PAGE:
And then Jerry walked in. Okay, not so yum. Nothing wrong, just not my type. Had the clean-cut look of an Oklahoma preacher. Unfortunately, I don’t have any creepy clergy fantasies. After hello, he got in line to order. It gave me (too much) time to sit and think. What now? This was supposed to be a hookup. Can you back out? And how?

I decided stop questioning things. Isn’t that why I’m a single man? Hadn’t I passed on perfectly decent men? And this wasn’t ever going to be a relationship, right? Wasn’t this about keeping busy before Clive deliberated and realized he wants a real relationship?

Ahem,…stop questioning!

And so Jerry sat down and we fell right into that comfortable discomfort of a regular coffee date. We searched for common ground. Found some. But there were too-soon pauses when we seemed to be in freefall (without even a bungee cord). This was work. I’d thought hookups were supposed to be anything but.
Twenty minutes in, Jerry abruptly called time. “Sorry, I don’t see this happening.” I knew he was right. I felt relief. But I also felt like I’d failed. I got the hook instead of the hookup. Jerry rambled something about being friends and I nodded even though I knew neither of us wanted that. And then, as I lifted our coffee mugs to load them in the dirty dishes cart, Jerry bolted. Exit, stage left. It was the first time I’d ever seen a “date” literally run away.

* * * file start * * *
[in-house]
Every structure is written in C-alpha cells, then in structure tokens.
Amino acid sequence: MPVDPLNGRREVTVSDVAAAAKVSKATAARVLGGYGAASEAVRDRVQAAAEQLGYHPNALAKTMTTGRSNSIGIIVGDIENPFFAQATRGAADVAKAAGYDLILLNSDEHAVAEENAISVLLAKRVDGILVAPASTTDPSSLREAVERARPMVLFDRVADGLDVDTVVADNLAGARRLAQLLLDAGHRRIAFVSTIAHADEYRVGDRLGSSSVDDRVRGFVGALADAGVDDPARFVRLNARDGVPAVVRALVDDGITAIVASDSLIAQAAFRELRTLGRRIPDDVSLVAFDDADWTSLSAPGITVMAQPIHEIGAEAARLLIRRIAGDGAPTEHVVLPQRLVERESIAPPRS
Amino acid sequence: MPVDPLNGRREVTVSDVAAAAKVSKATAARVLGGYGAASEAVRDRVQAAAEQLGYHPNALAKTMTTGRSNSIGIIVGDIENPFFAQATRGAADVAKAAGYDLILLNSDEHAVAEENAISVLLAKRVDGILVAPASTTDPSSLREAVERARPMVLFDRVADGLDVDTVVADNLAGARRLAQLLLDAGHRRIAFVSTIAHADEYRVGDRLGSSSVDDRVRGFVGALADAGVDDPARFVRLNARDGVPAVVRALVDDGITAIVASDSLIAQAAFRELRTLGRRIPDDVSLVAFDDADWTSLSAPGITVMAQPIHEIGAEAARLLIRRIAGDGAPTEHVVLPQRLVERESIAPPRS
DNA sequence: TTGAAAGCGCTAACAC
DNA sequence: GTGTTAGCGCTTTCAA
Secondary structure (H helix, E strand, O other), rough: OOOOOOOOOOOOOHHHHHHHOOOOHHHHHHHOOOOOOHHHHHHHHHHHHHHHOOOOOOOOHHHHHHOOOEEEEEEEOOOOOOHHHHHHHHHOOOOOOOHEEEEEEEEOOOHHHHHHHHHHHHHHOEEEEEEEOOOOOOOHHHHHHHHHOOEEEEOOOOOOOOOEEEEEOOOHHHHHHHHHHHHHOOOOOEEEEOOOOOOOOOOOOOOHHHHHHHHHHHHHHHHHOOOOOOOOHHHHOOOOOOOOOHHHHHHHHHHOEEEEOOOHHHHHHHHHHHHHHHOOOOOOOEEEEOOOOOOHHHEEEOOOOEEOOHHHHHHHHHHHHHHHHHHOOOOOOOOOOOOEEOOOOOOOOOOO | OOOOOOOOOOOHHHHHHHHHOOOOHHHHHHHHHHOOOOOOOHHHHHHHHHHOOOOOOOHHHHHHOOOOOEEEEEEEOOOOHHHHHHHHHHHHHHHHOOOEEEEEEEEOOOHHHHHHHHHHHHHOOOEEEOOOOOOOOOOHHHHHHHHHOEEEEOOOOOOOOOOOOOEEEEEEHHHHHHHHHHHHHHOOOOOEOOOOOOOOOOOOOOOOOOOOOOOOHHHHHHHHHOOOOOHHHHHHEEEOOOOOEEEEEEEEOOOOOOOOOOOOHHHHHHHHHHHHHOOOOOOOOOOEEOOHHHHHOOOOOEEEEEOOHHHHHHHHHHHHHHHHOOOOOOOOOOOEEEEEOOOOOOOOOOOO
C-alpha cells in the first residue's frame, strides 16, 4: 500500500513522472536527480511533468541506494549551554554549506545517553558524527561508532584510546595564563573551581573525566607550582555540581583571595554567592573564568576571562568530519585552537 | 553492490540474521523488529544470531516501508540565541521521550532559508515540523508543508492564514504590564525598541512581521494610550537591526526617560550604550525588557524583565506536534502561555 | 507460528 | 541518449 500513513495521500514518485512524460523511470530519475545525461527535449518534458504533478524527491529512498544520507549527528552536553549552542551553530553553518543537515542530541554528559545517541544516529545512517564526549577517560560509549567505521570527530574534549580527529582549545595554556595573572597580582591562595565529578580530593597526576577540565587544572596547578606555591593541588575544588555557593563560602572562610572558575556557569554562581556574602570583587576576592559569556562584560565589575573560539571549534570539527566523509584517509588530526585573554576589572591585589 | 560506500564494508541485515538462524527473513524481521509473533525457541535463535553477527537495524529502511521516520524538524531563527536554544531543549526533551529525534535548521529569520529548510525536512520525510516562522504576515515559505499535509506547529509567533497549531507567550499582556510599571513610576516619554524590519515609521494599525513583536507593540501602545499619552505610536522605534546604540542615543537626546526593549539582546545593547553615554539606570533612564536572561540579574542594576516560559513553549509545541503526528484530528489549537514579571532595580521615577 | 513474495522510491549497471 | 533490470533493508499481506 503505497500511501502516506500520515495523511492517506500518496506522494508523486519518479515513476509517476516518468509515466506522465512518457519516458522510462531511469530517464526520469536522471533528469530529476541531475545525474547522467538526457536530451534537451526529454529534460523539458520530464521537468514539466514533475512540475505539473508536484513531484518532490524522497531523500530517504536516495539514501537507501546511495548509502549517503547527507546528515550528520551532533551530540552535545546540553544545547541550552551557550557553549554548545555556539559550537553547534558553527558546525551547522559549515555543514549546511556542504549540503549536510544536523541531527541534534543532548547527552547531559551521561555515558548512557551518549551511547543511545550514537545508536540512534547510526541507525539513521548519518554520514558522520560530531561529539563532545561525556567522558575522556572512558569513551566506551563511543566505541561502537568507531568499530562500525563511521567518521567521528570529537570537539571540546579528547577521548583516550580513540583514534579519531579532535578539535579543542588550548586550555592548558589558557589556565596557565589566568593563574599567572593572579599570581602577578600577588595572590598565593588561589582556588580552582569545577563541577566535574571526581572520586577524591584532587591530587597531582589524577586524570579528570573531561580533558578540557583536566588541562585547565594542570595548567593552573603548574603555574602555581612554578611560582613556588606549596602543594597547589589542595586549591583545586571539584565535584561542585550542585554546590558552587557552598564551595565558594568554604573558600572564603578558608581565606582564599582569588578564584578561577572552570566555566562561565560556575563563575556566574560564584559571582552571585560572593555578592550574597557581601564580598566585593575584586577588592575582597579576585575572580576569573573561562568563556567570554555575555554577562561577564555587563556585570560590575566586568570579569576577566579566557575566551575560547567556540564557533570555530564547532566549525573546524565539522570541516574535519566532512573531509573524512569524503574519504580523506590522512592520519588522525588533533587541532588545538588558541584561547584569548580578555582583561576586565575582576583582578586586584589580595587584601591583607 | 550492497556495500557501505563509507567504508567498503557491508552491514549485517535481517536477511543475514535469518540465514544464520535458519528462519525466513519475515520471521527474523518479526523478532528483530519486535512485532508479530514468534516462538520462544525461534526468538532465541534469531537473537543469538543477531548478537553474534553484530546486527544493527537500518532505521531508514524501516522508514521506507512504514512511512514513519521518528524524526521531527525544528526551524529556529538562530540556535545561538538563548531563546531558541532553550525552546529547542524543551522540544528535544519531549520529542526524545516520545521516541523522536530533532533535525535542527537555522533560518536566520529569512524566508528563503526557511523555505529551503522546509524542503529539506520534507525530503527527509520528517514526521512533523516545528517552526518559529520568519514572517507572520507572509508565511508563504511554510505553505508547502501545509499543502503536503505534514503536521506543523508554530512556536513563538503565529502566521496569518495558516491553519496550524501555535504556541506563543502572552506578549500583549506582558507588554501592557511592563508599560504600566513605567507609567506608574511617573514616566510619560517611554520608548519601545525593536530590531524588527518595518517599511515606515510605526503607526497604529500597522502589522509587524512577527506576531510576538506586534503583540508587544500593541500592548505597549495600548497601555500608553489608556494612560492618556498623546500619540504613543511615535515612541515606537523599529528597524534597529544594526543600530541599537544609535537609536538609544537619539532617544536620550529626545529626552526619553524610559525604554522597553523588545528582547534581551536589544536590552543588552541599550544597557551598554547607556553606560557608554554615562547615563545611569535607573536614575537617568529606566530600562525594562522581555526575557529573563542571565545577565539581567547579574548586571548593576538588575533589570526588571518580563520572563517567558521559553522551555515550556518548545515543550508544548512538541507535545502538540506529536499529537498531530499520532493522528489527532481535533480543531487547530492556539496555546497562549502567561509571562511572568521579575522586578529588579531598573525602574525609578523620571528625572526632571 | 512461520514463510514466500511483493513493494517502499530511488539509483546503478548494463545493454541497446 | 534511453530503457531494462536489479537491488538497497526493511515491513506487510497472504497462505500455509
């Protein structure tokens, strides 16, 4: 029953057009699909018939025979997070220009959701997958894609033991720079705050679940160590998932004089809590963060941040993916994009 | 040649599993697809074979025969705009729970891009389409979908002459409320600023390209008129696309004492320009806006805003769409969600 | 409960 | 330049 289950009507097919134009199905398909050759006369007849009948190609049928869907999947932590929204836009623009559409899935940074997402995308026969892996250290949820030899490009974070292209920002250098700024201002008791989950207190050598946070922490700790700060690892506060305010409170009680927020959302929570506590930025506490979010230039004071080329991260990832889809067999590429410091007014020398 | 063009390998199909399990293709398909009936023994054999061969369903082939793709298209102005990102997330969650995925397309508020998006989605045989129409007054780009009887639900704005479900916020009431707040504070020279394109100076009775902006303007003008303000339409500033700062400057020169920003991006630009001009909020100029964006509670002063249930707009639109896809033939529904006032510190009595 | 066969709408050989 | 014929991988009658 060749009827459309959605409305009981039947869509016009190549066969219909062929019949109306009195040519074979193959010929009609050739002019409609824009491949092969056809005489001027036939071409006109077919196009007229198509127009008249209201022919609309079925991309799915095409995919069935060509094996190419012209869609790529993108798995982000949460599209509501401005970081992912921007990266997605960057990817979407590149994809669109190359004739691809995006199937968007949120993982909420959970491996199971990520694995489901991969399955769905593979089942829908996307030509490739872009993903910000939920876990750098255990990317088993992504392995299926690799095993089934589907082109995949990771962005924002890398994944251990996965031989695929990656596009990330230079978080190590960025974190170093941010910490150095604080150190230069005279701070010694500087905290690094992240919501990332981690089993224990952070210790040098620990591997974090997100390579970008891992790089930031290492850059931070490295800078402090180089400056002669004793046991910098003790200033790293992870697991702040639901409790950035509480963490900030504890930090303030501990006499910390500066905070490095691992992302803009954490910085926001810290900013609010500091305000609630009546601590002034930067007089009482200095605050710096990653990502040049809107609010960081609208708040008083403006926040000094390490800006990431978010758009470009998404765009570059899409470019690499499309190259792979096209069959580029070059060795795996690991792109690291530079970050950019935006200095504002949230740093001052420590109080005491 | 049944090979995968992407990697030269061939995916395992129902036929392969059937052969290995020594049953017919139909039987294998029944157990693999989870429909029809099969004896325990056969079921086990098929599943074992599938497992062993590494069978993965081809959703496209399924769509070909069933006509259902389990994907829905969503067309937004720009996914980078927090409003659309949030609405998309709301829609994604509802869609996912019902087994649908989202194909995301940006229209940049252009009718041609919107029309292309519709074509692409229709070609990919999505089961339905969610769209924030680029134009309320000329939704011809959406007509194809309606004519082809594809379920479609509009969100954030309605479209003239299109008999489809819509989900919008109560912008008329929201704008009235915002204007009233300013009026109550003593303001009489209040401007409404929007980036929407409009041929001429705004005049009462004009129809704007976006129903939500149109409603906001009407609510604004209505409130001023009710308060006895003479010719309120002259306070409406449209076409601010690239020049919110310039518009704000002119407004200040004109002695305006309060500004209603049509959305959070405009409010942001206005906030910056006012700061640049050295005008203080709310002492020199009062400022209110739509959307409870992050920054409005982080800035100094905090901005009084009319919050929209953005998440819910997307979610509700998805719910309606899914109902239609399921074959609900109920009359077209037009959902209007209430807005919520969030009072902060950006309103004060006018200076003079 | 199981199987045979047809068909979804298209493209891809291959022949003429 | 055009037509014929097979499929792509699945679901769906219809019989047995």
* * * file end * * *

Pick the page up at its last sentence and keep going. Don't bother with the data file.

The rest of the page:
As I stepped onto the sidewalk, the man had vanished. I was simultaneously humored and humiliated. No-strings-attached became an emphatic no-thank-you. I tried to smile as I made an unexpected kind of Walk of Shame home. As I neared a traffic light, a woman walked alongside me. “How’s it going?” she asked.

“Fine,” I lied. I continued to walk but she kept pace.

She added, “You look good, by the way.” We shared a smile before going separate ways at the corner.

And there it was. Perfect timing. A prostitute, sure—I live in a sketchy neighborhood—but why consider the source? These were the words I needed to hear after being abruptly rejected on a hookup coffee date. He’d said no.

It's good to know she would have said yes.

For a price.

Details, details.

Thursday, November 12, 2015


So apparently it’s the Christmas season. Despite all the kerfuffle over its simple red cup, Starbucks has the holiday soundtrack streaming as I try to cram in some writing time. (Since everyone is supposed to weigh in on the red cup debate, I’ll say I’m fine with it. The coffee is as hot as ever and, truthfully, I can’t tell the difference between a Christmas blend and the Sulawesi. Maybe all that hot coffee burned my taste buds.) I want to scream “Humbug!” as Michael Buble sings, “It’s beginning to look a lot like Christmas”. But, dang it, I know the tune too well. I’m listening more than I want to. The lyrics dance about in my brain.

And I like it.